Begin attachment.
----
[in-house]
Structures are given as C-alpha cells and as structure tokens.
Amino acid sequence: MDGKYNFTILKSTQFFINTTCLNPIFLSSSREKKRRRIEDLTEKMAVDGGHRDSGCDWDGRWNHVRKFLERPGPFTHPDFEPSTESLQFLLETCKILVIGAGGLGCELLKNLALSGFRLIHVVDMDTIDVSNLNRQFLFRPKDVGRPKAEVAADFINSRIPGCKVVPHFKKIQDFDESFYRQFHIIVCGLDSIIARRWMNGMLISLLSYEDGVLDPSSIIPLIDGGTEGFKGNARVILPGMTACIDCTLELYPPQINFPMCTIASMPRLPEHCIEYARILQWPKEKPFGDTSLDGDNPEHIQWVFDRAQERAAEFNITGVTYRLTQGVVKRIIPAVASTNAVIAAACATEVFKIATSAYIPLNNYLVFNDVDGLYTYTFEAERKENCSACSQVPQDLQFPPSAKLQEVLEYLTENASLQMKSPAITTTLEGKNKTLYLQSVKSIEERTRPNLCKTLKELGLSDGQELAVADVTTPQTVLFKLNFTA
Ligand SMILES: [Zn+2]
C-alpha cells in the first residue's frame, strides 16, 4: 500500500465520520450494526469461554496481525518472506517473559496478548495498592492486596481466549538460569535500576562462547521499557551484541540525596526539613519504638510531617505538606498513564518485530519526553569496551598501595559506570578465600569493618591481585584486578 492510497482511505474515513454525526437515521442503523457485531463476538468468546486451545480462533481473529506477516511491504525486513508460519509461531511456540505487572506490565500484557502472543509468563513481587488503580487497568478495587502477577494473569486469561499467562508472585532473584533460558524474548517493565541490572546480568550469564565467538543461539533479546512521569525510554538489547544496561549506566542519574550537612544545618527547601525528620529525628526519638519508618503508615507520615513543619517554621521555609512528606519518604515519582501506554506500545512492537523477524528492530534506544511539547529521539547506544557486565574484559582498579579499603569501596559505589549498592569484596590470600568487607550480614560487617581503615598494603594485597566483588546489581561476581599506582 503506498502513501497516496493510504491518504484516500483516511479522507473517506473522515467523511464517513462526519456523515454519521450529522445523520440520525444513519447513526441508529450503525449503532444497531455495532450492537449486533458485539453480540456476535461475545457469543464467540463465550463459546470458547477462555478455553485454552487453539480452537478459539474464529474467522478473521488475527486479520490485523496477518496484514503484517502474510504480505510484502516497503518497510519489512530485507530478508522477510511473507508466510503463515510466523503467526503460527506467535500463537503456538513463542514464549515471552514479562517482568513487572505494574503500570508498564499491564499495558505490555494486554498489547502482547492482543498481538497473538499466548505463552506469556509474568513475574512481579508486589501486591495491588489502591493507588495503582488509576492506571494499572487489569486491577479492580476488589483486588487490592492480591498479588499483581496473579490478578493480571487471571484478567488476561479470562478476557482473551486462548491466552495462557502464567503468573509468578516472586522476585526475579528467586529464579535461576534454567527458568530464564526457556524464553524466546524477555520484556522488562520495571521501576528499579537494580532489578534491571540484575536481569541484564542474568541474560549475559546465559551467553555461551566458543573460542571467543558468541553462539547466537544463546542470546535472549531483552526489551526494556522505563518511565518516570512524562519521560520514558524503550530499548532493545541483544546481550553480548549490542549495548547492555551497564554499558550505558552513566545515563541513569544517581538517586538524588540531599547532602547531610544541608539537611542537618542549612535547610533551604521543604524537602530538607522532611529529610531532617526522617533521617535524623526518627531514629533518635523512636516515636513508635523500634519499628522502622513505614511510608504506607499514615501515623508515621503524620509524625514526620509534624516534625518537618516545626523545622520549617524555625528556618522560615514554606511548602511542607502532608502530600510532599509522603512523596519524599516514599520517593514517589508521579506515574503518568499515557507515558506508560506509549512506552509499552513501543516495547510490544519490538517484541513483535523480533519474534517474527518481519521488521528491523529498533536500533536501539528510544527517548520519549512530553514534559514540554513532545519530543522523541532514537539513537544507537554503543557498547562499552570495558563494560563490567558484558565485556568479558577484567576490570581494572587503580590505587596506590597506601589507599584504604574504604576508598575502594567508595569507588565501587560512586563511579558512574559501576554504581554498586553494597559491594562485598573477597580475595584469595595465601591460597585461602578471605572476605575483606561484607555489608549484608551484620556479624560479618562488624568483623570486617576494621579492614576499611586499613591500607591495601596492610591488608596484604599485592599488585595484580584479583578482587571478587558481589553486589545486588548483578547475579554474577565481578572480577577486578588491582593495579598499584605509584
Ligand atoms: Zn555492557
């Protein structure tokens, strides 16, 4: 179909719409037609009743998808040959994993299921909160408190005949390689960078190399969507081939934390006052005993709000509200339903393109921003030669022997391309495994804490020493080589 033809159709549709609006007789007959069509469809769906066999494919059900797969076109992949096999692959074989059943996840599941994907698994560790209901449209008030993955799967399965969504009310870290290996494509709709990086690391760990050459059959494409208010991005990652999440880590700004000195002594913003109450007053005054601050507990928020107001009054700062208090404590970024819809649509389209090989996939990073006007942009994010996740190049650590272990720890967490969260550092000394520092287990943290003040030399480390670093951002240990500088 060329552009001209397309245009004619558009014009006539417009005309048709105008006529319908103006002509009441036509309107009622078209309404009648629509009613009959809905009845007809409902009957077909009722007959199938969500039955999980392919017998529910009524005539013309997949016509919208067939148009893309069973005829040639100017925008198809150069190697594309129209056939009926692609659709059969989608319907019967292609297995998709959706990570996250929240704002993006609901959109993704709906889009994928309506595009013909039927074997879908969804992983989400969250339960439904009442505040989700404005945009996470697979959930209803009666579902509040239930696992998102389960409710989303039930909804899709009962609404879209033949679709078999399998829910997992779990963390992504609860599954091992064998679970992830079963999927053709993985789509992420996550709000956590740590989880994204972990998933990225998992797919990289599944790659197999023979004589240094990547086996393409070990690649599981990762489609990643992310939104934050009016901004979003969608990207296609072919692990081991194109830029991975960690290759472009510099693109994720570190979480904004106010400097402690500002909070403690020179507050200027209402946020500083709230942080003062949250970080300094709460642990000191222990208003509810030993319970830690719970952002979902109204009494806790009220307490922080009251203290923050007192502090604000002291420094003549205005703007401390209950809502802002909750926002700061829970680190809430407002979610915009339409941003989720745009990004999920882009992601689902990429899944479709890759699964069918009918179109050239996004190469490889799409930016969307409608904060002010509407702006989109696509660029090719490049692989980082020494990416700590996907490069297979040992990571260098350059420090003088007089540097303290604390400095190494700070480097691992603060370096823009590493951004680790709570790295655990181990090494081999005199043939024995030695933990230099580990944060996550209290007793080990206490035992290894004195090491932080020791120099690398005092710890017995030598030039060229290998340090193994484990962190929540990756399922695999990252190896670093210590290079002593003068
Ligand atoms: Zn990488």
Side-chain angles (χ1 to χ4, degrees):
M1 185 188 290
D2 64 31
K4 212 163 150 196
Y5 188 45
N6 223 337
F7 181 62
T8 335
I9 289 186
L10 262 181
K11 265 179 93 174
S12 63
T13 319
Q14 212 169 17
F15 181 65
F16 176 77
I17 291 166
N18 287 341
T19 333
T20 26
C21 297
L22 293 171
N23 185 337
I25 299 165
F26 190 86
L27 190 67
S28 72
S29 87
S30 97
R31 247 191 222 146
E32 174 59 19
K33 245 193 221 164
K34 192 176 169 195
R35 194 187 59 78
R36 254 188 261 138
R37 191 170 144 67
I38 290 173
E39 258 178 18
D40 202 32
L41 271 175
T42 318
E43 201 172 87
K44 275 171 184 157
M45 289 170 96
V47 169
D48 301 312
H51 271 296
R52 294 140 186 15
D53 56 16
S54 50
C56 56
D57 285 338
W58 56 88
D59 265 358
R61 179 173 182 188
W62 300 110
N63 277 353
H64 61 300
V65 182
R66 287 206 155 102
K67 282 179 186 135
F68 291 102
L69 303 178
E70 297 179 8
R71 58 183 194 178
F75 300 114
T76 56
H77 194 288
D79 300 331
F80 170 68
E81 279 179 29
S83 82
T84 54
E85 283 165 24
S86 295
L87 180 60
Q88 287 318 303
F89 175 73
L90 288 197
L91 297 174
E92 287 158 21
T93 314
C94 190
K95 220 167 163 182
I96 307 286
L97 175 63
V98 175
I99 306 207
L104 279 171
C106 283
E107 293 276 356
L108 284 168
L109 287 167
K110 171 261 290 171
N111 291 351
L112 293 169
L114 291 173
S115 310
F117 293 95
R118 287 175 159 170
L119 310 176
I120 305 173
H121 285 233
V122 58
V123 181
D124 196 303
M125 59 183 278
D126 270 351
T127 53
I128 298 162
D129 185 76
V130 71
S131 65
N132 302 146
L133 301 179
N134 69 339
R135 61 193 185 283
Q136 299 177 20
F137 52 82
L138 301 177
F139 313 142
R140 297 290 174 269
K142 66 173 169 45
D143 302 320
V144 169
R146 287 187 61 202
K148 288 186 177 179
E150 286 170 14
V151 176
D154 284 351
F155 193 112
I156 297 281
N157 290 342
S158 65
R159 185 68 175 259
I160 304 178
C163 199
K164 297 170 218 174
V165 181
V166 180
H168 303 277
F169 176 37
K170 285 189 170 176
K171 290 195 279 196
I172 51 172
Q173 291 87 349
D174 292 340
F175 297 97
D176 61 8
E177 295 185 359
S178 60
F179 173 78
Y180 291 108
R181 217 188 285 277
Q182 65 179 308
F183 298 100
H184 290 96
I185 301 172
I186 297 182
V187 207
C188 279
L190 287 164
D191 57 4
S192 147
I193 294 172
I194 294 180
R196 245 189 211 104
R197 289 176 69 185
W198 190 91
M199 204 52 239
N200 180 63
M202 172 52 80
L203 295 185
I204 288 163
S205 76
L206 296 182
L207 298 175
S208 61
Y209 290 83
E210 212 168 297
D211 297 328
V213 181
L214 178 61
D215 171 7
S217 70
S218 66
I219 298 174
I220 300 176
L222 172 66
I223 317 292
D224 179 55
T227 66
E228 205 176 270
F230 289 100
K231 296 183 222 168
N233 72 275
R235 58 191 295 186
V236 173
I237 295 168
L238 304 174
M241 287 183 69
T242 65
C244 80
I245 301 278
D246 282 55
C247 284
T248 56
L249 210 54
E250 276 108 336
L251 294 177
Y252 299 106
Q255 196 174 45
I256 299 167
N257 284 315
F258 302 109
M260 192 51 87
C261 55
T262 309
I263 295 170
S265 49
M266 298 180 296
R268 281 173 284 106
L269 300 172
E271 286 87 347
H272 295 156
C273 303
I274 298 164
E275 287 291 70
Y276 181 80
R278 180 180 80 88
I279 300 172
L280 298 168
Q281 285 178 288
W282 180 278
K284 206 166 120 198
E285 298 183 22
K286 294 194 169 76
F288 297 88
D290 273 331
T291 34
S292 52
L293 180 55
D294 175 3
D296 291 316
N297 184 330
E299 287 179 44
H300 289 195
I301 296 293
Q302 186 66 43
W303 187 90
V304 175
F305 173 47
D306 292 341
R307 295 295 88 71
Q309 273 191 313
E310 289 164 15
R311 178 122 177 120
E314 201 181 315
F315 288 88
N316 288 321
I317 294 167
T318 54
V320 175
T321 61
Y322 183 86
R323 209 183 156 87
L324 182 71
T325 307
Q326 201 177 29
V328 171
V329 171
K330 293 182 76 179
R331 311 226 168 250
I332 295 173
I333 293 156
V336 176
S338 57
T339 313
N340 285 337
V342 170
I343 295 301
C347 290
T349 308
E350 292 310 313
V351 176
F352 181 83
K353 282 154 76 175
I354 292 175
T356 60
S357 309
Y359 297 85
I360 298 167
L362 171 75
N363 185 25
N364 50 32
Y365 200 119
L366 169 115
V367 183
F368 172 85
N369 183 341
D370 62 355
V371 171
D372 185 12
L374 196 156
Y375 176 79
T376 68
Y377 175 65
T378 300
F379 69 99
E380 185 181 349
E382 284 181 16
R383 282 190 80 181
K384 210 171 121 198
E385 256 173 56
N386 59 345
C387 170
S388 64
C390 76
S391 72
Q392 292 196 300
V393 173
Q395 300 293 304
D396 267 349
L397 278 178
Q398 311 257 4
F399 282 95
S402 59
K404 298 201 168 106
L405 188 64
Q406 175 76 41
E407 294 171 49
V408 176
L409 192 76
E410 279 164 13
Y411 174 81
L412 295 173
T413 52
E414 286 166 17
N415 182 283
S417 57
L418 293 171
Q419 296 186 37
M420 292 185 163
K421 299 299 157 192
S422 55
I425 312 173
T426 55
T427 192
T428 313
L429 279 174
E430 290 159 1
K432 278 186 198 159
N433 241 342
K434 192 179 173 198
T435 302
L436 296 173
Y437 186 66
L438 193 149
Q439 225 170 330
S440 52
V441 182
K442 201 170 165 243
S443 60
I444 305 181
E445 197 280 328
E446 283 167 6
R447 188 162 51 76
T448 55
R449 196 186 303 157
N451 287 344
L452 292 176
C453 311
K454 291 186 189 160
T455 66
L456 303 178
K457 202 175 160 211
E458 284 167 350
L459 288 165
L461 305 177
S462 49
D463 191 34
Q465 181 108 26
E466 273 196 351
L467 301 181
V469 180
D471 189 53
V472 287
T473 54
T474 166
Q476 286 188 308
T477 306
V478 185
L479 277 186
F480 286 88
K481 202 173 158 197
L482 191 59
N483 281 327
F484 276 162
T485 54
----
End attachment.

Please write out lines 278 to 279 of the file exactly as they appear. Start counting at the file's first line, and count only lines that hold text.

V328 171
V329 171